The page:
In bleaching the refined coconut oil, a 60 mesh screen, bleaching earth as per American Oil Chemists Society standards, filter paper (Sargent Welch Grade S 32915-J or equivalent) and rolled cotton are used. The screen is lined with thin layers of rolled cotton and 300 gm of refined oil are allowed to filter into a stainless steel cup which is then placed under a mechanical stirrer. Then, 9 grams of bleaching earth are added and stirred at a temperature of 100 to 110 C. The speed of stirring is fast enough to keep the bleach in suspension for five minutes. Next the solution is filtered through a steel funnel having the filter paper therein and the filtrate of refined and bleached coconut oil is collected in a beaker.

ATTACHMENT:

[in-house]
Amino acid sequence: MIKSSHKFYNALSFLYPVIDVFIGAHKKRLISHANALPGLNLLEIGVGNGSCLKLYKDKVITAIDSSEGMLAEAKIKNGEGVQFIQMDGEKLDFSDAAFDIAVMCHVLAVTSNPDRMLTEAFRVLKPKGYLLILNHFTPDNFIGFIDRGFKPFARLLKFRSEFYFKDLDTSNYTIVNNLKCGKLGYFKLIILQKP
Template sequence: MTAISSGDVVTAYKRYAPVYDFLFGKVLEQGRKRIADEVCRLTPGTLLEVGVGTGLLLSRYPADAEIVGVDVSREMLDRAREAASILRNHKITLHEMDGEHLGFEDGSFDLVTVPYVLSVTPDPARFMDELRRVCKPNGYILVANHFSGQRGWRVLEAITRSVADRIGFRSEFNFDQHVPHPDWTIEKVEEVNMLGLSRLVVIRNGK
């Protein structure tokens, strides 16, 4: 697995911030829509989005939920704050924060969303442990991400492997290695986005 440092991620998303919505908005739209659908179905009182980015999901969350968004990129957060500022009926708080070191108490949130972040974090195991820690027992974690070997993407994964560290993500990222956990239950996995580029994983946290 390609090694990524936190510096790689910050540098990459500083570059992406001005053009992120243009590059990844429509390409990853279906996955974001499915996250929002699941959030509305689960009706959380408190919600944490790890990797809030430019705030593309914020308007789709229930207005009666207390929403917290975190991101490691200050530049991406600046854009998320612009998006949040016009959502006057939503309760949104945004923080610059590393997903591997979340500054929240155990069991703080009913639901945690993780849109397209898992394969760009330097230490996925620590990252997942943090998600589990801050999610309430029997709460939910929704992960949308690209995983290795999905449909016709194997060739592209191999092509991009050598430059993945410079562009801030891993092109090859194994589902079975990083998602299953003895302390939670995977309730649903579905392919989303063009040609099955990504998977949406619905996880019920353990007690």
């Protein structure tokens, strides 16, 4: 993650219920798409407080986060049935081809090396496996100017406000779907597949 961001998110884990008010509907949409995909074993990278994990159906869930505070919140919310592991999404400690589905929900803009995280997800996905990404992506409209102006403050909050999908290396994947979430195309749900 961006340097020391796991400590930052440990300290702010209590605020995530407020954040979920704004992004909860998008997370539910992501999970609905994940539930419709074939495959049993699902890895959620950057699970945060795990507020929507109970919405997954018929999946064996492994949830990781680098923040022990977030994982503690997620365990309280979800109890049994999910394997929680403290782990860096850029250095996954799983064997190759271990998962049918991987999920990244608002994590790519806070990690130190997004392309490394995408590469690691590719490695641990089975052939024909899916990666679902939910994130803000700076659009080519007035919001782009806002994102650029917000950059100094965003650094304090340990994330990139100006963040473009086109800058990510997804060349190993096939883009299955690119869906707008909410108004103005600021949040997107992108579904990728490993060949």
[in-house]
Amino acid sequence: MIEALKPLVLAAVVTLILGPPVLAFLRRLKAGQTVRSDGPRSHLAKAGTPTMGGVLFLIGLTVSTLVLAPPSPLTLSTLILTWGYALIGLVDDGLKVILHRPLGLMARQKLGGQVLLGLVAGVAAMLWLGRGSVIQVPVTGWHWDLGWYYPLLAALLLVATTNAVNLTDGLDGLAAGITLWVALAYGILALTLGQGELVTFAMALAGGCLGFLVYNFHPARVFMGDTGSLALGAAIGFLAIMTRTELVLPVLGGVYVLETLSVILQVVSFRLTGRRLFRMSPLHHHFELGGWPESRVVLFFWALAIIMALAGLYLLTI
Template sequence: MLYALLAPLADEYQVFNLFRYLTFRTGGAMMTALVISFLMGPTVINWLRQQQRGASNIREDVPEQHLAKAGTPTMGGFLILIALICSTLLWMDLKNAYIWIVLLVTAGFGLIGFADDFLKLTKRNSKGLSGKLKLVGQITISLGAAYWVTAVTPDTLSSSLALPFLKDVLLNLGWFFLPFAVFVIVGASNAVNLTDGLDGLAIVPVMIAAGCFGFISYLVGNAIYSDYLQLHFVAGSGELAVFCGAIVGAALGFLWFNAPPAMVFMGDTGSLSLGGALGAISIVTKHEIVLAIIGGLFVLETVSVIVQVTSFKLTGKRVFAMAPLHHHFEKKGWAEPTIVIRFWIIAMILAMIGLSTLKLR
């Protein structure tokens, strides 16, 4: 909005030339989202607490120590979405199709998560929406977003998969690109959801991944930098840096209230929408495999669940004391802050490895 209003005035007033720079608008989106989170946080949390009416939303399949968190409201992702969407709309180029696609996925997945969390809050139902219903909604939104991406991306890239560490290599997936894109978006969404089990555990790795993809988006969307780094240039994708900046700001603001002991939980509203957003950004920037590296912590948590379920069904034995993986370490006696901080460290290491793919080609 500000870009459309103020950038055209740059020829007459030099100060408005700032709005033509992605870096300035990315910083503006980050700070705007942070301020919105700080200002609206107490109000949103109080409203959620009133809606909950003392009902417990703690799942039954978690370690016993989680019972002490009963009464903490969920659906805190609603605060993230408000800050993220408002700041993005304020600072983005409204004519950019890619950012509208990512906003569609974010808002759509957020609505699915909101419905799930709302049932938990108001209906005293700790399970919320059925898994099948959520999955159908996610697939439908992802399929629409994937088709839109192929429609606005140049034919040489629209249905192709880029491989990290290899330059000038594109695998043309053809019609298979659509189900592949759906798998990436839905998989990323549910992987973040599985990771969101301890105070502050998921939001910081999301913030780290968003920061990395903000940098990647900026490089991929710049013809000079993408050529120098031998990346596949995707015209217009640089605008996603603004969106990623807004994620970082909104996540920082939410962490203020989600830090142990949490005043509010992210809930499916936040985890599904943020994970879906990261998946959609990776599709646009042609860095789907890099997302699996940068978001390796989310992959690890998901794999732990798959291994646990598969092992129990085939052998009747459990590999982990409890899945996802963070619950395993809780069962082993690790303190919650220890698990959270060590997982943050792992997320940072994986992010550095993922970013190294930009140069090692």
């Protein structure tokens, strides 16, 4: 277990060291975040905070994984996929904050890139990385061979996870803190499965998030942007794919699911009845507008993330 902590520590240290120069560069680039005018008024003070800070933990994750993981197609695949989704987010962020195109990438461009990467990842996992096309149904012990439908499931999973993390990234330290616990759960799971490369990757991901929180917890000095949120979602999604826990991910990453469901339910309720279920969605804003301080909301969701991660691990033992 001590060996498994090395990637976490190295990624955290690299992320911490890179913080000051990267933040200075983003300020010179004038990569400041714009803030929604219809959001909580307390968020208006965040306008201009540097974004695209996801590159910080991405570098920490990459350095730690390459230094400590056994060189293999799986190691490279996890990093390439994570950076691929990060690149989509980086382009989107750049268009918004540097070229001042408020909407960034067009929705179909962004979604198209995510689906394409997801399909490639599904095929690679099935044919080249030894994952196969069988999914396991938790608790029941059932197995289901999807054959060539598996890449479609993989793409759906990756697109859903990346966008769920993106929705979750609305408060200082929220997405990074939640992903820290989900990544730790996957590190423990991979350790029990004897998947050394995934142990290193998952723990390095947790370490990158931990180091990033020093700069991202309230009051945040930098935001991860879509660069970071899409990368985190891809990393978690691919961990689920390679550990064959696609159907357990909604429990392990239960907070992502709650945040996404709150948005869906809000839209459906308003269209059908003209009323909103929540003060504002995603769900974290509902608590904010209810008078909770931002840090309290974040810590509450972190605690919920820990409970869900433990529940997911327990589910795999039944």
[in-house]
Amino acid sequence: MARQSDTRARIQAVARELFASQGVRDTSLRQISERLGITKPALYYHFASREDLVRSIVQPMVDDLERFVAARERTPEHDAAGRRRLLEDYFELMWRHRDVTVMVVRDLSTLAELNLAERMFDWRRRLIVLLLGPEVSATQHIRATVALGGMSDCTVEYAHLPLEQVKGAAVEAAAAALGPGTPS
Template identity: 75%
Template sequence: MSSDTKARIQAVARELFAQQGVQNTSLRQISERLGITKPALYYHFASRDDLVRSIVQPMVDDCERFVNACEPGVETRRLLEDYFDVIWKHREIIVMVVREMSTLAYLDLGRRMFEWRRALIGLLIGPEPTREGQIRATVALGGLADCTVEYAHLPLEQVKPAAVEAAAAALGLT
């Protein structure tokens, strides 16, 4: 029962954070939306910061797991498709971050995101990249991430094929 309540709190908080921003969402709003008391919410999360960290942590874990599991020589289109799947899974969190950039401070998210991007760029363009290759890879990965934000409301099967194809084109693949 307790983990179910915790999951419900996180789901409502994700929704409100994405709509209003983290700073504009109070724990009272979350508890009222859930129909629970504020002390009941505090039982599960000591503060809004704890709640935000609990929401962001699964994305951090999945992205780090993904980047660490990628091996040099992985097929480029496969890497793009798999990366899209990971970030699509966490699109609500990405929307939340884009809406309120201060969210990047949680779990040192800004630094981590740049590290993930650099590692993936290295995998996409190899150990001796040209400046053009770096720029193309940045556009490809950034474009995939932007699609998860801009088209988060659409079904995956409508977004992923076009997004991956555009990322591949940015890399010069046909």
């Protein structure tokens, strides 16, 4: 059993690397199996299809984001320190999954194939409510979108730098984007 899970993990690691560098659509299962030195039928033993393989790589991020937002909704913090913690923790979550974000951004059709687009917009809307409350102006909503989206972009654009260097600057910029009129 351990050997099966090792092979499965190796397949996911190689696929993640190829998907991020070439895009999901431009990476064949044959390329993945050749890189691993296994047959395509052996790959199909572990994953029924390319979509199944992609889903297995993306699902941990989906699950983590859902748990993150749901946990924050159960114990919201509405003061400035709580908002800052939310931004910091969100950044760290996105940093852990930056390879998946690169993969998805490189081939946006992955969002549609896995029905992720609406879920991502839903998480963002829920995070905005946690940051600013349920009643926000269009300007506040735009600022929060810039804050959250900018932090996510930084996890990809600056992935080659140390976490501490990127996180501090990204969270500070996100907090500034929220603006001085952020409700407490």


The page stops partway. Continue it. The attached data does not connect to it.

The emulsion of anhydrous ethyl ether and the hydrolyzed and hydrogenated coconut oil or the refined and bleached coconut oil is combined in a ratio of from 1:2 to 1:1, anhydrous ethyl ether by volume to coconut oil by volume with a ratio of 2:3 being preferred.

From numerous tests it was found that by combining the coconut oil with the anhydrous ethyl ether in a ratio of 3:2 by volume, forming thereby a supersaturated emulsion, the normal boiling point of the emulsified ethyl ether is raised to approximately 119 F. This numerical ratio combination of the oil and ether was also observed to produce the least amount of damage, i.e., necrosis, of the viable tissue surrounding the herpetic lesion, while still providing a highly effective agent in destroying the viral envelope.